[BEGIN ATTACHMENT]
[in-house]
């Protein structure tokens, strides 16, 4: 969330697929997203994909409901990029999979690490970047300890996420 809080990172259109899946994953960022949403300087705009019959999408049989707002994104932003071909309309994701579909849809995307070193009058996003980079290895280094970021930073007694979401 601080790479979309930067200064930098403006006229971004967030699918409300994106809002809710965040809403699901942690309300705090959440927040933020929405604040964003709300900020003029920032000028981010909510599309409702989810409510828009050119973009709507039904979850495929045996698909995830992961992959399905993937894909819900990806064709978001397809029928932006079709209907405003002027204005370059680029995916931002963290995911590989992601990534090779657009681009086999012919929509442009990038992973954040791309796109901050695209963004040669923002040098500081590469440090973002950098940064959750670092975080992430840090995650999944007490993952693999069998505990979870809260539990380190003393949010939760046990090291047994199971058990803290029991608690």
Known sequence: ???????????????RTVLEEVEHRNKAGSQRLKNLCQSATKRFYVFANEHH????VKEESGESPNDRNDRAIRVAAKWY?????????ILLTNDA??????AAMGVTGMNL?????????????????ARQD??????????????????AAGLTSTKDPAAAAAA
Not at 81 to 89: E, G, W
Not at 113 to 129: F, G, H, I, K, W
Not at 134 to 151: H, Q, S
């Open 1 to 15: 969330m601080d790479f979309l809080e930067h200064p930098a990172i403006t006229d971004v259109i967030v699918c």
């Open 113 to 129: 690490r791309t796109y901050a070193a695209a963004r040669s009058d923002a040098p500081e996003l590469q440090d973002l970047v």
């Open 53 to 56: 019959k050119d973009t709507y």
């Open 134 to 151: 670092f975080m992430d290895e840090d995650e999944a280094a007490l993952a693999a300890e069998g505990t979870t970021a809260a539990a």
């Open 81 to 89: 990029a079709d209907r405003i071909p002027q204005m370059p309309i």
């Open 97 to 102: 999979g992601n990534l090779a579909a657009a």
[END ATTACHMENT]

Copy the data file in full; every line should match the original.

[in-house]
């Protein structure tokens, strides 16, 4: 969330697929997203994909409901990029999979690490970047300890996420 809080990172259109899946994953960022949403300087705009019959999408049989707002994104932003071909309309994701579909849809995307070193009058996003980079290895280094970021930073007694979401 601080790479979309930067200064930098403006006229971004967030699918409300994106809002809710965040809403699901942690309300705090959440927040933020929405604040964003709300900020003029920032000028981010909510599309409702989810409510828009050119973009709507039904979850495929045996698909995830992961992959399905993937894909819900990806064709978001397809029928932006079709209907405003002027204005370059680029995916931002963290995911590989992601990534090779657009681009086999012919929509442009990038992973954040791309796109901050695209963004040669923002040098500081590469440090973002950098940064959750670092975080992430840090995650999944007490993952693999069998505990979870809260539990380190003393949010939760046990090291047994199971058990803290029991608690």
Known sequence: ???????????????RTVLEEVEHRNKAGSQRLKNLCQSATKRFYVFANEHH????VKEESGESPNDRNDRAIRVAAKWY?????????ILLTNDA??????AAMGVTGMNL?????????????????ARQD??????????????????AAGLTSTKDPAAAAAA
Not at 81 to 89: E, G, W
Not at 113 to 129: F, G, H, I, K, W
Not at 134 to 151: H, Q, S
């Open 1 to 15: 969330m601080d790479f979309l809080e930067h200064p930098a990172i403006t006229d971004v259109i967030v699918c």
């Open 113 to 129: 690490r791309t796109y901050a070193a695209a963004r040669s009058d923002a040098p500081e996003l590469q440090d973002l970047v």
């Open 53 to 56: 019959k050119d973009t709507y």
């Open 134 to 151: 670092f975080m992430d290895e840090d995650e999944a280094a007490l993952a693999a300890e069998g505990t979870t970021a809260a539990a």
């Open 81 to 89: 990029a079709d209907r405003i071909p002027q204005m370059p309309i």
């Open 97 to 102: 999979g992601n990534l090779a579909a657009a």